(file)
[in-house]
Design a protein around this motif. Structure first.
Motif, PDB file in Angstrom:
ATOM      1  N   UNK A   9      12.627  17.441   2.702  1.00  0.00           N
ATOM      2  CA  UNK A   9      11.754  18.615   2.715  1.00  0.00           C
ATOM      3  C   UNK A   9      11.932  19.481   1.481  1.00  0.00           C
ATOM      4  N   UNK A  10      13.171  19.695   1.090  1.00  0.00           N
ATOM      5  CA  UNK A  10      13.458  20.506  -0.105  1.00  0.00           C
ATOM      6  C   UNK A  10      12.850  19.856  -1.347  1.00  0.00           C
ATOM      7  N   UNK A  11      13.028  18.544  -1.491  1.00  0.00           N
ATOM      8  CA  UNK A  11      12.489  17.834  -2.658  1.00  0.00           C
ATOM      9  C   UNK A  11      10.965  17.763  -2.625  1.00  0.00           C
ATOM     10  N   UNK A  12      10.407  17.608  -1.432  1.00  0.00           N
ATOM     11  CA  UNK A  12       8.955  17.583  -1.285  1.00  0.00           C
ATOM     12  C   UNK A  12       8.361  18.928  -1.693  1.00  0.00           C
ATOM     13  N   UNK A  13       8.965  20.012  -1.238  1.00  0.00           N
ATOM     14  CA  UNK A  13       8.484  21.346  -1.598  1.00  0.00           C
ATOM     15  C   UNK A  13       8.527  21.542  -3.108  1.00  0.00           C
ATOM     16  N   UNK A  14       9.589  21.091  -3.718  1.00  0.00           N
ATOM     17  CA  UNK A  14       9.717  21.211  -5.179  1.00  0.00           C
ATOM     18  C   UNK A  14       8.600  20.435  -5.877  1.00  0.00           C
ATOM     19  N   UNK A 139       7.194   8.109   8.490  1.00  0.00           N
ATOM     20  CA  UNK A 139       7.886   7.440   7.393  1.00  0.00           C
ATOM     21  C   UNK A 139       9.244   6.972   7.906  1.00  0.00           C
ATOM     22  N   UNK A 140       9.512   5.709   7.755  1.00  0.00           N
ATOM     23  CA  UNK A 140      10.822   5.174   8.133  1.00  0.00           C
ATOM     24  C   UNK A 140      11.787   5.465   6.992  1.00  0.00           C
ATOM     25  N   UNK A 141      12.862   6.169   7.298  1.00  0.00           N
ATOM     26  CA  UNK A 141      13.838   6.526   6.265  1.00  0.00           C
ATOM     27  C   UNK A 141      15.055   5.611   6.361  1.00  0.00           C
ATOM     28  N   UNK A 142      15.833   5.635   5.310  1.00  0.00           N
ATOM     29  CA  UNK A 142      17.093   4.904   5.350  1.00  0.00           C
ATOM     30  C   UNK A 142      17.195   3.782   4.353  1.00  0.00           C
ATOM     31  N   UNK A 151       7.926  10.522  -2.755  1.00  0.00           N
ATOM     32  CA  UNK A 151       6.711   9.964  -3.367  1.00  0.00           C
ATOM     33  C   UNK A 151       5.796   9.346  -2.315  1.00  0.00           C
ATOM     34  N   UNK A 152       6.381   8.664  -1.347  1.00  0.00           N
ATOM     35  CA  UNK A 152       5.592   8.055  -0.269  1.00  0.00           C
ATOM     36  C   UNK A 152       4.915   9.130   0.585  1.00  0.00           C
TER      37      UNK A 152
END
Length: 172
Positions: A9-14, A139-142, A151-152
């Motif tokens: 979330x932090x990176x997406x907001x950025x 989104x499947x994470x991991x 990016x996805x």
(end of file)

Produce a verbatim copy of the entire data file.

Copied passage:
[in-house]
Design a protein around this motif. Structure first.
Motif, PDB file in Angstrom:
ATOM      1  N   UNK A   9      12.627  17.441   2.702  1.00  0.00           N
ATOM      2  CA  UNK A   9      11.754  18.615   2.715  1.00  0.00           C
ATOM      3  C   UNK A   9      11.932  19.481   1.481  1.00  0.00           C
ATOM      4  N   UNK A  10      13.171  19.695   1.090  1.00  0.00           N
ATOM      5  CA  UNK A  10      13.458  20.506  -0.105  1.00  0.00           C
ATOM      6  C   UNK A  10      12.850  19.856  -1.347  1.00  0.00           C
ATOM      7  N   UNK A  11      13.028  18.544  -1.491  1.00  0.00           N
ATOM      8  CA  UNK A  11      12.489  17.834  -2.658  1.00  0.00           C
ATOM      9  C   UNK A  11      10.965  17.763  -2.625  1.00  0.00           C
ATOM     10  N   UNK A  12      10.407  17.608  -1.432  1.00  0.00           N
ATOM     11  CA  UNK A  12       8.955  17.583  -1.285  1.00  0.00           C
ATOM     12  C   UNK A  12       8.361  18.928  -1.693  1.00  0.00           C
ATOM     13  N   UNK A  13       8.965  20.012  -1.238  1.00  0.00           N
ATOM     14  CA  UNK A  13       8.484  21.346  -1.598  1.00  0.00           C
ATOM     15  C   UNK A  13       8.527  21.542  -3.108  1.00  0.00           C
ATOM     16  N   UNK A  14       9.589  21.091  -3.718  1.00  0.00           N
ATOM     17  CA  UNK A  14       9.717  21.211  -5.179  1.00  0.00           C
ATOM     18  C   UNK A  14       8.600  20.435  -5.877  1.00  0.00           C
ATOM     19  N   UNK A 139       7.194   8.109   8.490  1.00  0.00           N
ATOM     20  CA  UNK A 139       7.886   7.440   7.393  1.00  0.00           C
ATOM     21  C   UNK A 139       9.244   6.972   7.906  1.00  0.00           C
ATOM     22  N   UNK A 140       9.512   5.709   7.755  1.00  0.00           N
ATOM     23  CA  UNK A 140      10.822   5.174   8.133  1.00  0.00           C
ATOM     24  C   UNK A 140      11.787   5.465   6.992  1.00  0.00           C
ATOM     25  N   UNK A 141      12.862   6.169   7.298  1.00  0.00           N
ATOM     26  CA  UNK A 141      13.838   6.526   6.265  1.00  0.00           C
ATOM     27  C   UNK A 141      15.055   5.611   6.361  1.00  0.00           C
ATOM     28  N   UNK A 142      15.833   5.635   5.310  1.00  0.00           N
ATOM     29  CA  UNK A 142      17.093   4.904   5.350  1.00  0.00           C
ATOM     30  C   UNK A 142      17.195   3.782   4.353  1.00  0.00           C
ATOM     31  N   UNK A 151       7.926  10.522  -2.755  1.00  0.00           N
ATOM     32  CA  UNK A 151       6.711   9.964  -3.367  1.00  0.00           C
ATOM     33  C   UNK A 151       5.796   9.346  -2.315  1.00  0.00           C
ATOM     34  N   UNK A 152       6.381   8.664  -1.347  1.00  0.00           N
ATOM     35  CA  UNK A 152       5.592   8.055  -0.269  1.00  0.00           C
ATOM     36  C   UNK A 152       4.915   9.130   0.585  1.00  0.00           C
TER      37      UNK A 152
END
Length: 172
Positions: A9-14, A139-142, A151-152
């Motif tokens: 979330x932090x990176x997406x907001x950025x 989104x499947x994470x991991x 990016x996805x």